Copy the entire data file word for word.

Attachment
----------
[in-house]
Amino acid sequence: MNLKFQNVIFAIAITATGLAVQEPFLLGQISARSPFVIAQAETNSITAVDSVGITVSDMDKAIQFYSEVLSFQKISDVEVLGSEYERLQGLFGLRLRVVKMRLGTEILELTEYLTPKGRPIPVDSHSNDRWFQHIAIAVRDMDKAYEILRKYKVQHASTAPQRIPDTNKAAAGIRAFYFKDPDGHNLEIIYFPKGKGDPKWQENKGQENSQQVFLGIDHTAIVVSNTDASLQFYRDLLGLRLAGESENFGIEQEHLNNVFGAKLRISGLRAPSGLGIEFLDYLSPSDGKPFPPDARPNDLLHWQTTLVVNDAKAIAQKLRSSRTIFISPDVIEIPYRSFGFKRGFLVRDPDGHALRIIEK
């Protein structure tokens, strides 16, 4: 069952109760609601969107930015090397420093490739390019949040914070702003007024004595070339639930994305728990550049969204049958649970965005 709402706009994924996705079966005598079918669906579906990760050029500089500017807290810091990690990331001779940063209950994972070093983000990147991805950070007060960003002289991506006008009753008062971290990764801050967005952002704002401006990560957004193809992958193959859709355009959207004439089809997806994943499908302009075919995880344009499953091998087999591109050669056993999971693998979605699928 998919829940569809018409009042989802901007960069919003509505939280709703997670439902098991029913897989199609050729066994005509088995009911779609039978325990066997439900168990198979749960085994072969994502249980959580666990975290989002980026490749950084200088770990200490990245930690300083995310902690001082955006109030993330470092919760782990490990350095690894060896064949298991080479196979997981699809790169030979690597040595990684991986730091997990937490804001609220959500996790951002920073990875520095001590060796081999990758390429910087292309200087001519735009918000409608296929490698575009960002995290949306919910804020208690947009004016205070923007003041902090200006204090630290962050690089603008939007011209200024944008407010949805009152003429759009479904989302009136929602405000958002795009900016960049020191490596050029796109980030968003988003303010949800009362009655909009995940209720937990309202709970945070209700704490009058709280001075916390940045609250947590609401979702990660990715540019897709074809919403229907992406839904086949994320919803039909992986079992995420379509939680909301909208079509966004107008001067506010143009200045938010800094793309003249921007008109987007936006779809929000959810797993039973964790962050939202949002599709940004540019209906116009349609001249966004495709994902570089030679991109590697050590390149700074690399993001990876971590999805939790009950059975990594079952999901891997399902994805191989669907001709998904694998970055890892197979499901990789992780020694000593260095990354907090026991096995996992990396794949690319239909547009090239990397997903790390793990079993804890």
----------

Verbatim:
[in-house]
Amino acid sequence: MNLKFQNVIFAIAITATGLAVQEPFLLGQISARSPFVIAQAETNSITAVDSVGITVSDMDKAIQFYSEVLSFQKISDVEVLGSEYERLQGLFGLRLRVVKMRLGTEILELTEYLTPKGRPIPVDSHSNDRWFQHIAIAVRDMDKAYEILRKYKVQHASTAPQRIPDTNKAAAGIRAFYFKDPDGHNLEIIYFPKGKGDPKWQENKGQENSQQVFLGIDHTAIVVSNTDASLQFYRDLLGLRLAGESENFGIEQEHLNNVFGAKLRISGLRAPSGLGIEFLDYLSPSDGKPFPPDARPNDLLHWQTTLVVNDAKAIAQKLRSSRTIFISPDVIEIPYRSFGFKRGFLVRDPDGHALRIIEK
């Protein structure tokens, strides 16, 4: 069952109760609601969107930015090397420093490739390019949040914070702003007024004595070339639930994305728990550049969204049958649970965005 709402706009994924996705079966005598079918669906579906990760050029500089500017807290810091990690990331001779940063209950994972070093983000990147991805950070007060960003002289991506006008009753008062971290990764801050967005952002704002401006990560957004193809992958193959859709355009959207004439089809997806994943499908302009075919995880344009499953091998087999591109050669056993999971693998979605699928 998919829940569809018409009042989802901007960069919003509505939280709703997670439902098991029913897989199609050729066994005509088995009911779609039978325990066997439900168990198979749960085994072969994502249980959580666990975290989002980026490749950084200088770990200490990245930690300083995310902690001082955006109030993330470092919760782990490990350095690894060896064949298991080479196979997981699809790169030979690597040595990684991986730091997990937490804001609220959500996790951002920073990875520095001590060796081999990758390429910087292309200087001519735009918000409608296929490698575009960002995290949306919910804020208690947009004016205070923007003041902090200006204090630290962050690089603008939007011209200024944008407010949805009152003429759009479904989302009136929602405000958002795009900016960049020191490596050029796109980030968003988003303010949800009362009655909009995940209720937990309202709970945070209700704490009058709280001075916390940045609250947590609401979702990660990715540019897709074809919403229907992406839904086949994320919803039909992986079992995420379509939680909301909208079509966004107008001067506010143009200045938010800094793309003249921007008109987007936006779809929000959810797993039973964790962050939202949002599709940004540019209906116009349609001249966004495709994902570089030679991109590697050590390149700074690399993001990876971590999805939790009950059975990594079952999901891997399902994805191989669907001709998904694998970055890892197979499901990789992780020694000593260095990354907090026991096995996992990396794949690319239909547009090239990397997903790390793990079993804890």